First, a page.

Harry Potter metaphors: Seeing ‘Thestrals’

The enchanted world of Harry Potter enthralls not just children but also grown ups, and this fact has been proven by the response the books and the adapted films have received in the past decade. J.K. Rowling has wonderfully crafted her experiences into metaphors which are subtle and imaginative. This is the first of many short posts that I intend to write highlighting the ones that really appealed to me as I followed the story of ‘the boy who lived’.

A 'Thestral' with Harry Potter and Luna Lovegood in the background (Image courtesy: Harry Potter Wiki)

The fictional ‘Thestrals’ are unusual type of winged horses, who are almost always considered to be unlucky by wizards because they are visible only to those who have witnessed death at close quarters. They are supposed to be gentle animals, but often mistakenly perceived to be carnivorous with reptilian instincts. The peculiarity of their visibility is what makes them stand out amongst the various magical creatures. Obviously the wizards and witches have to have experienced some kind of pain or hurt to truly appreciate their existence, and grandeur.

We humans often undergo duress in our lives, be it in the personal sphere or in the professional circles. Our understanding of situations, people and emotions changes drastically over time depending upon the range of experiences we go through as we grow older. This phenomenon is also termed as ‘attaining maturity’, which is more of an ongoing process than a final destination. Our thinking becomes more rational and we perceive and handle situations better. A choice or decision for which we would have hesitated during our college days seems like a no-brainer a few years later. Heartaches and heartbreaks make us appreciate real love and value true friends. We tend to understand a person’s woes better if we have gone through them ourselves, or at least have an idea of how it feels to be there.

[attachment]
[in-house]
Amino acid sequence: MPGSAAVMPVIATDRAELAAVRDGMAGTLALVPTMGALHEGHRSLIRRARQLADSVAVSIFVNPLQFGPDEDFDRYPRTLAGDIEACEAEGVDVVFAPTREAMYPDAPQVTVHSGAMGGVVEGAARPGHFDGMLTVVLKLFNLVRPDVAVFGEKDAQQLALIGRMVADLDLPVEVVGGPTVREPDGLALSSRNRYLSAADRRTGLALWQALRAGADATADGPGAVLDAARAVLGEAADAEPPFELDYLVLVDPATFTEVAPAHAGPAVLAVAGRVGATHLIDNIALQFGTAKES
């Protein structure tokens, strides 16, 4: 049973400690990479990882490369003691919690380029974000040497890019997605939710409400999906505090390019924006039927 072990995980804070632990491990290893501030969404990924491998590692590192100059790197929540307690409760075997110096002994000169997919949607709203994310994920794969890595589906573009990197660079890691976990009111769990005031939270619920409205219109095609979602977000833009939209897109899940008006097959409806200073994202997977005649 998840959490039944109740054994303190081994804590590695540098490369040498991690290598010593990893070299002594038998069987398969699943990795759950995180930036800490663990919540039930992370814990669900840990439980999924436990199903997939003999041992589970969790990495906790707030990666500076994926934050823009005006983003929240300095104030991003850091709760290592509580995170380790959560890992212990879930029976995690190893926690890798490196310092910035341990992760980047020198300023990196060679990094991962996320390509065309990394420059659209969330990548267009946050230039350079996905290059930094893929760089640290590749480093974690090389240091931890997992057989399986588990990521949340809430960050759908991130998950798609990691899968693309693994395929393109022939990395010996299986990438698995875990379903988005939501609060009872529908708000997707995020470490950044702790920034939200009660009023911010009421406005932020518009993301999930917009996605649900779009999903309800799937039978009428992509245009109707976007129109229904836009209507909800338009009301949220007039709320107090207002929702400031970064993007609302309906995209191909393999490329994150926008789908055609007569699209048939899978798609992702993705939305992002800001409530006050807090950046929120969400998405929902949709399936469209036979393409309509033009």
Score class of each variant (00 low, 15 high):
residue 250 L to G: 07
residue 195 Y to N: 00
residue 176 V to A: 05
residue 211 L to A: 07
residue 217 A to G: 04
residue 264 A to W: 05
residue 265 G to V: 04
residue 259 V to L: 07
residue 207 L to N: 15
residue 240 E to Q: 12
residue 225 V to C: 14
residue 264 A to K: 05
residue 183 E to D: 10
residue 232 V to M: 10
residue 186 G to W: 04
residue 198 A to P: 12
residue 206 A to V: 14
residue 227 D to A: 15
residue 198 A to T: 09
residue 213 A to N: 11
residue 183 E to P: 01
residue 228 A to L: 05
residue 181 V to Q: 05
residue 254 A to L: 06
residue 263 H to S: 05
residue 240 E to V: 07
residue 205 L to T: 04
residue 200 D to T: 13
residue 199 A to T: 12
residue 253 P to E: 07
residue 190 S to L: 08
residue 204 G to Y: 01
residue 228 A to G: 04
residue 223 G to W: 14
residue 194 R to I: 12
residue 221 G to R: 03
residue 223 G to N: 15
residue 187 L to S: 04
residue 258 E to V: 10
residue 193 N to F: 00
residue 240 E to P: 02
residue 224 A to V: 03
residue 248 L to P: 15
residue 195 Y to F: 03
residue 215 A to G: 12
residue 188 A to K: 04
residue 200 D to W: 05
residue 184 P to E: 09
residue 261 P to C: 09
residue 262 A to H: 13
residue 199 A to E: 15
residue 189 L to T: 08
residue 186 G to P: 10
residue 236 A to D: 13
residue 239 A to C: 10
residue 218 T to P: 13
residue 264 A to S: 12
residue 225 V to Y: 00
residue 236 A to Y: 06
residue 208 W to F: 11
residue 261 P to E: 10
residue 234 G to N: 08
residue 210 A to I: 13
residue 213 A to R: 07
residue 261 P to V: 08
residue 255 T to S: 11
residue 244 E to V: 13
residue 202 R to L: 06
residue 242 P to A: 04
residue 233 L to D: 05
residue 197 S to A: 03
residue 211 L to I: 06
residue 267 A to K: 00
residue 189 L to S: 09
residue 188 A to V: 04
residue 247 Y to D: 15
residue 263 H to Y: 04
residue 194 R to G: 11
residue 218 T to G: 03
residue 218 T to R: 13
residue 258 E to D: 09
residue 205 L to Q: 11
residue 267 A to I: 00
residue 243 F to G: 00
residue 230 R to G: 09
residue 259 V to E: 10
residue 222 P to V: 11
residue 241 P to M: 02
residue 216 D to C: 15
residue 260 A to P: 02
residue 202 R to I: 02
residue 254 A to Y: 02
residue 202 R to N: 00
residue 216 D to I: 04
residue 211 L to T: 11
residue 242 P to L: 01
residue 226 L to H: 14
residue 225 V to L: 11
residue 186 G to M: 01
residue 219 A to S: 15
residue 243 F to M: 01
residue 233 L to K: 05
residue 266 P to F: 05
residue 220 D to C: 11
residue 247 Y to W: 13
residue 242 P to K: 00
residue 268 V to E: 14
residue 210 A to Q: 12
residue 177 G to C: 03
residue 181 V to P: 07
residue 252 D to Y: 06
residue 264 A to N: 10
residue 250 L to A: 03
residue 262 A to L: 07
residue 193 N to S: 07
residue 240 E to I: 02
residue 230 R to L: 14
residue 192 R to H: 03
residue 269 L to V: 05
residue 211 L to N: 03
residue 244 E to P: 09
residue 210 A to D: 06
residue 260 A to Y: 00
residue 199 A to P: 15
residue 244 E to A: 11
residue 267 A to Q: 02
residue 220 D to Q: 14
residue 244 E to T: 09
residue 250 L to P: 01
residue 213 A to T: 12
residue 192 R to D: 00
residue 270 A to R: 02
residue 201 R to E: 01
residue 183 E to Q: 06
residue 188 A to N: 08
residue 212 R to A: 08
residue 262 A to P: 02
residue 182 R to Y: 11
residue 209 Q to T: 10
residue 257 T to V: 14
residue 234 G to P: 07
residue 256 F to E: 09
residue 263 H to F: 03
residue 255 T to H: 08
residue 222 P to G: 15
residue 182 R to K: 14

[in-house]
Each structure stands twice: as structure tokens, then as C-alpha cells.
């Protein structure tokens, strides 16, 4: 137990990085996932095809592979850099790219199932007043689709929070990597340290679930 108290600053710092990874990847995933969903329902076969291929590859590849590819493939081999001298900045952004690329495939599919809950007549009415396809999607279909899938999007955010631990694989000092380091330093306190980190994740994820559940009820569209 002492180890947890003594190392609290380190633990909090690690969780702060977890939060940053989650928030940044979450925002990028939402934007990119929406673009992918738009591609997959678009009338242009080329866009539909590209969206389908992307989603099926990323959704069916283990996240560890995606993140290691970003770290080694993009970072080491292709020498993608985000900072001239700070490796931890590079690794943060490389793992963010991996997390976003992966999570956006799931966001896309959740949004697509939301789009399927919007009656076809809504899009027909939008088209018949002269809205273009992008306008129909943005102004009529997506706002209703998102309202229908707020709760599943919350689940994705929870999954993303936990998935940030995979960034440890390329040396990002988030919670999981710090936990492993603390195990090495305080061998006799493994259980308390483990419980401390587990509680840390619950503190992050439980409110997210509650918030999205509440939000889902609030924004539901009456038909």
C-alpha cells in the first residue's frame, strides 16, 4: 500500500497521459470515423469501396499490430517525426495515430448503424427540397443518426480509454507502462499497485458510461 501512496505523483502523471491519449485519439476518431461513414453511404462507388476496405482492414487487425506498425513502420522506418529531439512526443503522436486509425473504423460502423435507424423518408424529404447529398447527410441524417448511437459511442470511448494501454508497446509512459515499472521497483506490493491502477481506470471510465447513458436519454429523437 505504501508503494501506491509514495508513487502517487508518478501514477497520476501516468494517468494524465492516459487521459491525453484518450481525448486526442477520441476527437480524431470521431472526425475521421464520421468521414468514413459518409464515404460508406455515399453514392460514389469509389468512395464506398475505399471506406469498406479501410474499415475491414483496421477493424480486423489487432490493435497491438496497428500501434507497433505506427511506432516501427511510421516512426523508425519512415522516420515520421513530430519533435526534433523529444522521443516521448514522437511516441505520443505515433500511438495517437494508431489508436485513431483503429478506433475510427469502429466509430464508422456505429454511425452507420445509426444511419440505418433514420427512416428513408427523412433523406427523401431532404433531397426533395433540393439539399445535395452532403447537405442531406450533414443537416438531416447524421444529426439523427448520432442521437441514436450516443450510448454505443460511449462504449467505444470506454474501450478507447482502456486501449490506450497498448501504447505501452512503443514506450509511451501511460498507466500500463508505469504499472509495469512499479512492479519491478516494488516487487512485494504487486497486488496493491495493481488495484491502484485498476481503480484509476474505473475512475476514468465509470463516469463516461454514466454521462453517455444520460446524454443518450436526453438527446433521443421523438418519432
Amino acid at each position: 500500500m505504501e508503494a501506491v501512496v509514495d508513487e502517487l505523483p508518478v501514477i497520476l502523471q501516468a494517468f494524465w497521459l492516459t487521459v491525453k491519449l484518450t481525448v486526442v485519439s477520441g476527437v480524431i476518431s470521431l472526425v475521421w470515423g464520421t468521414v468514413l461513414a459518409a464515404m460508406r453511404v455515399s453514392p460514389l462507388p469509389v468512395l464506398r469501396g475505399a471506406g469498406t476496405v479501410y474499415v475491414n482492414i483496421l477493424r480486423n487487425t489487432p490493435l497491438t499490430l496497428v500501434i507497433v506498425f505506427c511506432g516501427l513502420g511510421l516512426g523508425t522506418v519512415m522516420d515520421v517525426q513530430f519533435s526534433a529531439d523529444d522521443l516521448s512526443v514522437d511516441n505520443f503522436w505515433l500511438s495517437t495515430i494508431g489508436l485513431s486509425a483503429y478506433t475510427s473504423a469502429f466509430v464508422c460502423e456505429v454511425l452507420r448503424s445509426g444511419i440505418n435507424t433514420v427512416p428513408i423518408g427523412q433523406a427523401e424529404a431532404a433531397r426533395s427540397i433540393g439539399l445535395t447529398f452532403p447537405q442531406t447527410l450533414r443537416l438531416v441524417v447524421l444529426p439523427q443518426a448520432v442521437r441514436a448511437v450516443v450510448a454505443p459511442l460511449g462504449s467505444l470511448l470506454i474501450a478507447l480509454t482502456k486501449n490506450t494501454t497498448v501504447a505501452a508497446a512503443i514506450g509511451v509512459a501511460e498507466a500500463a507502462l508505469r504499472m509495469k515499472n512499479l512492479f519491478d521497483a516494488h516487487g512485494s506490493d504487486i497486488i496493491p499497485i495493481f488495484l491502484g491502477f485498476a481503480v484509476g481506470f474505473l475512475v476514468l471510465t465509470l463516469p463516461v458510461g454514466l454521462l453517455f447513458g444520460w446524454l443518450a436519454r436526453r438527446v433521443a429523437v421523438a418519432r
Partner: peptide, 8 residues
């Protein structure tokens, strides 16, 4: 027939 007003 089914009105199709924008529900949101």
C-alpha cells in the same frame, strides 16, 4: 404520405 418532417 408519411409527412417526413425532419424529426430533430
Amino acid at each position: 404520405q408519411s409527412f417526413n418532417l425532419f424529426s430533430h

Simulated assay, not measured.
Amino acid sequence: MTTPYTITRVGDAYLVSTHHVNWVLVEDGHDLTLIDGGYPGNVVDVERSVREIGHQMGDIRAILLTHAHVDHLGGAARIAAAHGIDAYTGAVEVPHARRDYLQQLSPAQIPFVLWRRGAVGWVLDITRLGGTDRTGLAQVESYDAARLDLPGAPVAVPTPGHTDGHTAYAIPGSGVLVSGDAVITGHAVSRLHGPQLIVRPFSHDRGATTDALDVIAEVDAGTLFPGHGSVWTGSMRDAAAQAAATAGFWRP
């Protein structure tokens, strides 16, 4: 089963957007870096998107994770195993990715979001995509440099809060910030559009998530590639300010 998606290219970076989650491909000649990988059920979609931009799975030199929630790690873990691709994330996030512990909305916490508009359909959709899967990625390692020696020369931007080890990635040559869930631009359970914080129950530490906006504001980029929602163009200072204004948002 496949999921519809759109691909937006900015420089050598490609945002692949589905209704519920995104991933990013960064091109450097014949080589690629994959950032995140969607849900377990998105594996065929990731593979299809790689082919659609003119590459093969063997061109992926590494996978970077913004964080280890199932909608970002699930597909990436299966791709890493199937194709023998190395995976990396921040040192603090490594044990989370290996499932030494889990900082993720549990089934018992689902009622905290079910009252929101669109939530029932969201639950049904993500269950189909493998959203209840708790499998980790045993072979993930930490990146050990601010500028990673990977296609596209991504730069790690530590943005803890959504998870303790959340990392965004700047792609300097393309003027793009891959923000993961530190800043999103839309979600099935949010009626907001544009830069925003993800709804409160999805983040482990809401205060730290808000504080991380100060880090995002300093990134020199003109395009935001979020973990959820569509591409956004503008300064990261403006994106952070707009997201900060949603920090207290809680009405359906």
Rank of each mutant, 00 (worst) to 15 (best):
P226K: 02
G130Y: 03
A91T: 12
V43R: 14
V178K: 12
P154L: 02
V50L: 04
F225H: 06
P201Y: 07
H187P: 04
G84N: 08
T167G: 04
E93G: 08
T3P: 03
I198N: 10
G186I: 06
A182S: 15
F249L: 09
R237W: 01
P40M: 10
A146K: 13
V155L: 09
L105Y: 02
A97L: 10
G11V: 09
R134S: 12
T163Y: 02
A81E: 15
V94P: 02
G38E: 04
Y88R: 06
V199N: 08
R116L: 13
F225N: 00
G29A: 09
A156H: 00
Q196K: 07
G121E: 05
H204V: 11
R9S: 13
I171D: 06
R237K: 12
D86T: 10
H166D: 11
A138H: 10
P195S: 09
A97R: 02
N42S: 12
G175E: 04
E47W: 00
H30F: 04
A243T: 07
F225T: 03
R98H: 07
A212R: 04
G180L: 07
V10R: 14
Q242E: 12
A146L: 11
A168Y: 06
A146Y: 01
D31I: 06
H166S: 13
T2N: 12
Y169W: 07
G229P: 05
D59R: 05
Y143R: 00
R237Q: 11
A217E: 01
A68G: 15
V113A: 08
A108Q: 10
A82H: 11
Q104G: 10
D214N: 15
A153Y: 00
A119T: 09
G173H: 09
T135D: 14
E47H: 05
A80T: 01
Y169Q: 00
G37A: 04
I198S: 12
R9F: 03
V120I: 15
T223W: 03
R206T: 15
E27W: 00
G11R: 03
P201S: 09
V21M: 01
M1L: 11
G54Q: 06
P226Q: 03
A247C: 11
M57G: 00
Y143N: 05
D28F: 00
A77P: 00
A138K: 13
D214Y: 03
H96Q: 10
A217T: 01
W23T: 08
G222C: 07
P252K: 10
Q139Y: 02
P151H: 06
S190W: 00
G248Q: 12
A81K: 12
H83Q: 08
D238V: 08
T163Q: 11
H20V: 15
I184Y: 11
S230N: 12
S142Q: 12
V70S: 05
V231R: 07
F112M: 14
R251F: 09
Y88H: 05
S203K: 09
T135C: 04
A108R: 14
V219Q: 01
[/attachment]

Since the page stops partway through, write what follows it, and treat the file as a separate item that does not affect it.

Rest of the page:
Not everyone has to go through such harshness, some people seem to have easy going lives. Not that its wrong on their part, maybe they expect less and adapt better than most individuals, but sometimes these people fail to deliver at crunch times, especially when the stakes are high, for example in sports like Cricket or Tennis when the games often have close finishes and holding your nerve is of paramount importance. At these times, it is the people that can see Thestrals, or in other words have been in demanding situations before, who are more likely to succeed.


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